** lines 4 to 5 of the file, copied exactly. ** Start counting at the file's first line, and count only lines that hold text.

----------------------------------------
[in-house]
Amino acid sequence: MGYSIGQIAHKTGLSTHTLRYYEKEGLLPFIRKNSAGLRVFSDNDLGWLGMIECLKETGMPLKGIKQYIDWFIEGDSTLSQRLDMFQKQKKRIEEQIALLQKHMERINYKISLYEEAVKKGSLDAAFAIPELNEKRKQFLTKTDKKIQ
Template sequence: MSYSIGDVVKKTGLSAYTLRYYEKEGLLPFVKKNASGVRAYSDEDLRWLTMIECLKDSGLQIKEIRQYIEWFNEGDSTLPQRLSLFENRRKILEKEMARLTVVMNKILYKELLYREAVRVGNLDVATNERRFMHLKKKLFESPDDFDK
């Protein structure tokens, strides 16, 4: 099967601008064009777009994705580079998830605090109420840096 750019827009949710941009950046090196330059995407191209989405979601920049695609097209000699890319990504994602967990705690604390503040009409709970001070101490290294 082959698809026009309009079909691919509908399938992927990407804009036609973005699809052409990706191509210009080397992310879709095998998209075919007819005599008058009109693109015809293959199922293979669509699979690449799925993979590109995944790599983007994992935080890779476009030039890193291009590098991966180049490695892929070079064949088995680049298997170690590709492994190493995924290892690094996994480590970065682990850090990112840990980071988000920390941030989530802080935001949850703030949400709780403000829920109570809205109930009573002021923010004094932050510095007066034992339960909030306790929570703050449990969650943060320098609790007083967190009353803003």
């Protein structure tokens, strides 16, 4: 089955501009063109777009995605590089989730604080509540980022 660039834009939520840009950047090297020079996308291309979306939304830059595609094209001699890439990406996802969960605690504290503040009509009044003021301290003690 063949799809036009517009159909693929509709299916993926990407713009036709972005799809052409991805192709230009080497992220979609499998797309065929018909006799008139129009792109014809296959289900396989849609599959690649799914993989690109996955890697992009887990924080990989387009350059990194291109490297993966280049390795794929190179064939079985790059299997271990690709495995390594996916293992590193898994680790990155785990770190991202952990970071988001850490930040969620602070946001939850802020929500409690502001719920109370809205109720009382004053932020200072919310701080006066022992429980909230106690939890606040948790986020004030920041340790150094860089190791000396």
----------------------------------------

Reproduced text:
């Protein structure tokens, strides 16, 4: 099967601008064009777009994705580079998830605090109420840096 750019827009949710941009950046090196330059995407191209989405979601920049695609097209000699890319990504994602967990705690604390503040009409709970001070101490290294 082959698809026009309009079909691919509908399938992927990407804009036609973005699809052409990706191509210009080397992310879709095998998209075919007819005599008058009109693109015809293959199922293979669509699979690449799925993979590109995944790599983007994992935080890779476009030039890193291009590098991966180049490695892929070079064949088995680049298997170690590709492994190493995924290892690094996994480590970065682990850090990112840990980071988000920390941030989530802080935001949850703030949400709780403000829920109570809205109930009573002021923010004094932050510095007066034992339960909030306790929570703050449990969650943060320098609790007083967190009353803003």
């Protein structure tokens, strides 16, 4: 089955501009063109777009995605590089989730604080509540980022 660039834009939520840009950047090297020079996308291309979306939304830059595609094209001699890439990406996802969960605690504290503040009509009044003021301290003690 063949799809036009517009159909693929509709299916993926990407713009036709972005799809052409991805192709230009080497992220979609499998797309065929018909006799008139129009792109014809296959289900396989849609599959690649799914993989690109996955890697992009887990924080990989387009350059990194291109490297993966280049390795794929190179064939079985790059299997271990690709495995390594996916293992590193898994680790990155785990770190991202952990970071988001850490930040969620602070946001939850802020929500409690502001719920109370809205109720009382004053932020200072919310701080006066022992429980909230106690939890606040948790986020004030920041340790150094860089190791000396």